A move into federal politics could see New South Wales deputy Labor leader Linda Burney make history as the first Indigenous woman to be elected to the Australian House of Representatives.
The NSW Deputy Opposition Leader has confirmed she will be running for preselection for the federal seat of Barton in Sydney’s south in the next federal election.
She said she would be proud to be the first Aboriginal woman to join the House of Representatives, following Nova Peris becoming the first Indigenous woman to be elected to the parliament when she won a seat in the Senate.
“That’s not just a great pride for me, but for my people and also, very importantly, for the wider community,” Ms Burney said.
“I’m not going to be pigeonholed into being an Aboriginal candidate, my experience in life is a broad experience.”
At the top of Ms Burney’s agenda is seeing Aboriginal people officially recognised.
“I want to see a change to the Australian constitution to recognise Aboriginal people, to get rid of the capacity of that constitution to make laws that will disadvantage Aboriginal people,” she said.
“I want to also see truth being told in our founding document … an amazing story about this country, of being the recipient of the oldest surviving culture on this planet … and that’s one of the things I will be pursuing.”
She will step down as deputy leader in the next week, but will stay on as Canterbury MP until the election is called and after that will be campaigning full-time.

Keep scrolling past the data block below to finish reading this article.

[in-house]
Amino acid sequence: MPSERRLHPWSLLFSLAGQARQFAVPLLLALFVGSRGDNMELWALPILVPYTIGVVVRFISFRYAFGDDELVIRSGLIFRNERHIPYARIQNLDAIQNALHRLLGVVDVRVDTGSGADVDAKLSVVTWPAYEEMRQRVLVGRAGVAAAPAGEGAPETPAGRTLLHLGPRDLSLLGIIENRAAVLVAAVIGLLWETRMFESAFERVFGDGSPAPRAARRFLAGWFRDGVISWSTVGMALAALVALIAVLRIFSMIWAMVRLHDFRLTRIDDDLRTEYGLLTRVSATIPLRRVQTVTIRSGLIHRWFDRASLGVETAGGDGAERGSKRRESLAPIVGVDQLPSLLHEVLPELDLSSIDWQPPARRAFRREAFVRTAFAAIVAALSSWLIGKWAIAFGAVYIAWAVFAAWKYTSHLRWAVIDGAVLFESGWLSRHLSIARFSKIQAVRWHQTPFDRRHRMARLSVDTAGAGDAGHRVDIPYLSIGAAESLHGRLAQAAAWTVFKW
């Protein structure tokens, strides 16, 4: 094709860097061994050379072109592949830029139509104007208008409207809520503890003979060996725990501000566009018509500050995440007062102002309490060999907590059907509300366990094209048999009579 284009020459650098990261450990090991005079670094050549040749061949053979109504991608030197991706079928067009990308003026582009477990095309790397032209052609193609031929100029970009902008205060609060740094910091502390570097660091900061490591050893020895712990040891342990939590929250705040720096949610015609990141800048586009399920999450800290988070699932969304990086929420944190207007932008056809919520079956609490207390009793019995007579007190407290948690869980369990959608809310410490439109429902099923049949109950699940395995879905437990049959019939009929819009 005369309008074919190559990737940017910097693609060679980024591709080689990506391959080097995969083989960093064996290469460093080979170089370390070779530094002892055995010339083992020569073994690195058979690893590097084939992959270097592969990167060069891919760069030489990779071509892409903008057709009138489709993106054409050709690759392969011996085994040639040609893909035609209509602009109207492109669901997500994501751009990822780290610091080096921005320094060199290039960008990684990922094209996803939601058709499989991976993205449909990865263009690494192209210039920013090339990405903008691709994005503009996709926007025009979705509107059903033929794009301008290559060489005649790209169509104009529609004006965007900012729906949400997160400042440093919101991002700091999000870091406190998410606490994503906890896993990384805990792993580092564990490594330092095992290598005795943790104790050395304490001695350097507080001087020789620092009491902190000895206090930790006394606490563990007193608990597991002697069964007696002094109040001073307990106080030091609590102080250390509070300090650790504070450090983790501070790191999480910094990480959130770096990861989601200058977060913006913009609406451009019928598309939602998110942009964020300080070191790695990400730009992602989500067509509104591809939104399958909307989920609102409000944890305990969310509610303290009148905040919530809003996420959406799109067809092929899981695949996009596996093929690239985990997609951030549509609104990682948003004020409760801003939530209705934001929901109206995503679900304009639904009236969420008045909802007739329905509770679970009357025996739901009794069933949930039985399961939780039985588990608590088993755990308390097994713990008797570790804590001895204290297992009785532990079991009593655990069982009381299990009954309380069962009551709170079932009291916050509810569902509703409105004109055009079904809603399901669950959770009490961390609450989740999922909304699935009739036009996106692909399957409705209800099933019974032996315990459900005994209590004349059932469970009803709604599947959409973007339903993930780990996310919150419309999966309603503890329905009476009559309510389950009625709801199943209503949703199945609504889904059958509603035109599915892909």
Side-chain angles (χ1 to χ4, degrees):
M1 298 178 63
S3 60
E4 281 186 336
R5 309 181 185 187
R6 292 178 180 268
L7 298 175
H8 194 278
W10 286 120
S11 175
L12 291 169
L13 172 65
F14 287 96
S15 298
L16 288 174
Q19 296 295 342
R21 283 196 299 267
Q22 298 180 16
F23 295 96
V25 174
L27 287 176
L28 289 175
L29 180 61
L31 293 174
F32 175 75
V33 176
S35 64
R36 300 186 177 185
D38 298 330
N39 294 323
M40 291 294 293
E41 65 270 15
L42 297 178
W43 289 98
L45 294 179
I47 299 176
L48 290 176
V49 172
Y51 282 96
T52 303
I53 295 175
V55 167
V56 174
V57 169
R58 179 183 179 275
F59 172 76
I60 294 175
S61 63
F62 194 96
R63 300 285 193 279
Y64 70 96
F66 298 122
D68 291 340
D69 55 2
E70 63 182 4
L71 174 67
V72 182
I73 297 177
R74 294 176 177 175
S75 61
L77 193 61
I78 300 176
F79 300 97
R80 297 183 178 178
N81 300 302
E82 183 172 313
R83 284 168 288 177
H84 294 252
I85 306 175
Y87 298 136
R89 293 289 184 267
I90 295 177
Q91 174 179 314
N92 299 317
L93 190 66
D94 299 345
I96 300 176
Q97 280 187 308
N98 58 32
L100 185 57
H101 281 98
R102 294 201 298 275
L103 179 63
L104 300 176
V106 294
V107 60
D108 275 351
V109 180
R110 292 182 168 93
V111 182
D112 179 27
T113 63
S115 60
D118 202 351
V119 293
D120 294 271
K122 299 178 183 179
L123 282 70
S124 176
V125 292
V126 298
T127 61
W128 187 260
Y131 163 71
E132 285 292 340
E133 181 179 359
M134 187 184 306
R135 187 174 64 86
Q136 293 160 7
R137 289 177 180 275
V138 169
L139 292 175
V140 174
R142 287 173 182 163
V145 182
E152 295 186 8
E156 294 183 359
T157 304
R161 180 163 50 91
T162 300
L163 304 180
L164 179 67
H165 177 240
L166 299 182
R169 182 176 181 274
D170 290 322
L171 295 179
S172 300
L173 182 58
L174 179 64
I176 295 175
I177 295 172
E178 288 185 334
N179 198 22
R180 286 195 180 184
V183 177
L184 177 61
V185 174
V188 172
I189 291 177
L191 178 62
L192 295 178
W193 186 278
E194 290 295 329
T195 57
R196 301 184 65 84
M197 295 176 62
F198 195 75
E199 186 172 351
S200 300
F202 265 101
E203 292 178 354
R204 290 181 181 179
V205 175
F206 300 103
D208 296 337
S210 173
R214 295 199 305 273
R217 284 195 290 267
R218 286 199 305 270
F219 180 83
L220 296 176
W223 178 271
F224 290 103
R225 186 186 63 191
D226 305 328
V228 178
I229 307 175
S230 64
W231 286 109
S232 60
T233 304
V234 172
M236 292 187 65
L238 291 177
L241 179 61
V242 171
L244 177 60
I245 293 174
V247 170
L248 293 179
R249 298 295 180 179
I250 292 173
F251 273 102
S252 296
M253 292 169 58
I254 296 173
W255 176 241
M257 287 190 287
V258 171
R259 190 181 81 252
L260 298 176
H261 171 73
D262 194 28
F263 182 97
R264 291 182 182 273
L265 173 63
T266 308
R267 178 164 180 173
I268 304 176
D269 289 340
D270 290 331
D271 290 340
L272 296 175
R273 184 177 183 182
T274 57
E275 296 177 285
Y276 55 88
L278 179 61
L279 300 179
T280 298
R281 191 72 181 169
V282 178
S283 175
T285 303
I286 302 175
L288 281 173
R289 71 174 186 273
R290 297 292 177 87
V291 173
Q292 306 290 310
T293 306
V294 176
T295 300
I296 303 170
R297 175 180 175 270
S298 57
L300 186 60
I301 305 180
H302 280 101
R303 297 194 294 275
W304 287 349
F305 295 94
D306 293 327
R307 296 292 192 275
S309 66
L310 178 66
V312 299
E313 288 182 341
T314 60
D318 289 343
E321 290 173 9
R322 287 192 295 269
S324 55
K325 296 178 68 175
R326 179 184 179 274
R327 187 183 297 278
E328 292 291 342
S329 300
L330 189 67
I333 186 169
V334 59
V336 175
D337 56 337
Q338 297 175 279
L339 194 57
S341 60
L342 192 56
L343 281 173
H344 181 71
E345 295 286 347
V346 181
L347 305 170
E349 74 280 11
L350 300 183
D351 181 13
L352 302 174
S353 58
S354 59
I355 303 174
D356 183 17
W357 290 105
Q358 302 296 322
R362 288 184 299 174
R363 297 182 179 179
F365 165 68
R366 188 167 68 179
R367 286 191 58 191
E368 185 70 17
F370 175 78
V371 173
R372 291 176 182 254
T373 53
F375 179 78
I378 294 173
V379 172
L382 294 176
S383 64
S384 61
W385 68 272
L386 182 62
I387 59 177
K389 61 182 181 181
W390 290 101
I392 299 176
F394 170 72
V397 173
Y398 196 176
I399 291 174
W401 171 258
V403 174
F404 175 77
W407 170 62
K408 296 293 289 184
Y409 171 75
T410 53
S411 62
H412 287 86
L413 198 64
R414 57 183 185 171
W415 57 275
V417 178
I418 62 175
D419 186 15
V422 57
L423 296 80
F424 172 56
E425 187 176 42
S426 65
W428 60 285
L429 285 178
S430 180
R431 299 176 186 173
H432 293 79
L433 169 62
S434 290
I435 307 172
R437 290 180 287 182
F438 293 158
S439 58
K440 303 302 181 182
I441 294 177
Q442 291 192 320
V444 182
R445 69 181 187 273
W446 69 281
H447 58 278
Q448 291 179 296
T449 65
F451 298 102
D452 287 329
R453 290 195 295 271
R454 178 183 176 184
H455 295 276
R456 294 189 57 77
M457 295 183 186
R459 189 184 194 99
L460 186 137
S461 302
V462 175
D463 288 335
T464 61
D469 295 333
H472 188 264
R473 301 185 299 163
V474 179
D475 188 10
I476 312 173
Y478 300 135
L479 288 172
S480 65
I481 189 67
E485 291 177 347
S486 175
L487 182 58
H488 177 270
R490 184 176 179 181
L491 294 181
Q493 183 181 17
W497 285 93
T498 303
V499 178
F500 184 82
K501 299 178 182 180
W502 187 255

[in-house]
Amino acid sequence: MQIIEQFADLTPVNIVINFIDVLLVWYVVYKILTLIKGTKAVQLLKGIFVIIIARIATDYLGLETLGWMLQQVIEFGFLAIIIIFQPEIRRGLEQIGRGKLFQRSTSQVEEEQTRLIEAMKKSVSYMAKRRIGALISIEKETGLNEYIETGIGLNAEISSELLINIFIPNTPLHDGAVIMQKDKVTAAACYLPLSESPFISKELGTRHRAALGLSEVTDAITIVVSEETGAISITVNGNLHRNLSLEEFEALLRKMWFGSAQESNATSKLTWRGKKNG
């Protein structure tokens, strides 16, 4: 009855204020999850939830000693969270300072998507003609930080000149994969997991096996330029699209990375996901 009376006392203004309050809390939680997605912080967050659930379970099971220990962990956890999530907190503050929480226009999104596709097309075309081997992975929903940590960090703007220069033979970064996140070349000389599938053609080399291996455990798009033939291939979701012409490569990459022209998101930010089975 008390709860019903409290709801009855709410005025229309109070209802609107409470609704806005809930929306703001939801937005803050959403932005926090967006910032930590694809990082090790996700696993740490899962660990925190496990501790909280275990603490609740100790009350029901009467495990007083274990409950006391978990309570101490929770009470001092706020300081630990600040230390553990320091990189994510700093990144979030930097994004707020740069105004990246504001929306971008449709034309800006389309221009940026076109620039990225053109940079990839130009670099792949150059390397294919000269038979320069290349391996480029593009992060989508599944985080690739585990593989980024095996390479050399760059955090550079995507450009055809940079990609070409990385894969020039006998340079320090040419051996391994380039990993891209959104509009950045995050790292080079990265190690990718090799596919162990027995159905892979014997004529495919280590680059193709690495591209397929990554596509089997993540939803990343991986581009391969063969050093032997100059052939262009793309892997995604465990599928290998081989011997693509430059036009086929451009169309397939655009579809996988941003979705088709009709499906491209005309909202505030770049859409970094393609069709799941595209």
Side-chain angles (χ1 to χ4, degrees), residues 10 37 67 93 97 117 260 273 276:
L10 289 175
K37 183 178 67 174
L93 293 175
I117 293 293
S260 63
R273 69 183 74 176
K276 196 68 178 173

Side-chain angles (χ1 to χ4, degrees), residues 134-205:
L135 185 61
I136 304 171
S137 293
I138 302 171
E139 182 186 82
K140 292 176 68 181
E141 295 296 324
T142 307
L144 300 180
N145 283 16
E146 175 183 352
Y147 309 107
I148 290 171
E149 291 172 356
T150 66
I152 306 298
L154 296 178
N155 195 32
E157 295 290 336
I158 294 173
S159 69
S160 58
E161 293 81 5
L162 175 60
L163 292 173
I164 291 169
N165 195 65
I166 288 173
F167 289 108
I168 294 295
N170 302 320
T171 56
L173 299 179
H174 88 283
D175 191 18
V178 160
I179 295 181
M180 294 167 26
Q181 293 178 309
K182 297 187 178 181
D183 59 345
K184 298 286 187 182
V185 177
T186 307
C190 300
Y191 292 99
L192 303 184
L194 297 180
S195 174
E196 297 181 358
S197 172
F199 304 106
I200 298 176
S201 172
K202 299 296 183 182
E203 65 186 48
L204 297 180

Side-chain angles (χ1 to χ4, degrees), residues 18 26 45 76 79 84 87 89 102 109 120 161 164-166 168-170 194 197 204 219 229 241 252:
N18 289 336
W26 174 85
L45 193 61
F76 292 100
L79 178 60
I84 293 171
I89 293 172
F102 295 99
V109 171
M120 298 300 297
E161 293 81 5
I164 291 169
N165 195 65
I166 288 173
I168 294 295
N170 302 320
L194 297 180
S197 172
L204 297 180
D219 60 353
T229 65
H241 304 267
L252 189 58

Ms Burney’s switch will force a by-election in the state seat of Canterbury, which the MP has held since 2003.
The seat is currently held by the Liberal Party, but an electoral boundary redistribution in NSW is expected to favour the ALP, due to a move to the west.
Both Labor and the Liberals spoke out against the changes when they were proposed, with the Liberals arguing they would lose three seats as a result, including Barton.
Redistribution to make Barton ‘a relatively safe Labor seat’
Ms Burney said the electoral redistribution had made Barton a relatively safe Labor seat.
“With the redistribution the seat of Barton is about 5.4 per cent notionally Labor,” she said.
“But I don’t take anything for granted, I’ve fought four elections, I know how hard it is and I know how important it is.
“If you can’t convince people, if people can’t trust you, you will not get their vote.”
She said her current seat shared territory with the federal electorate of Barton.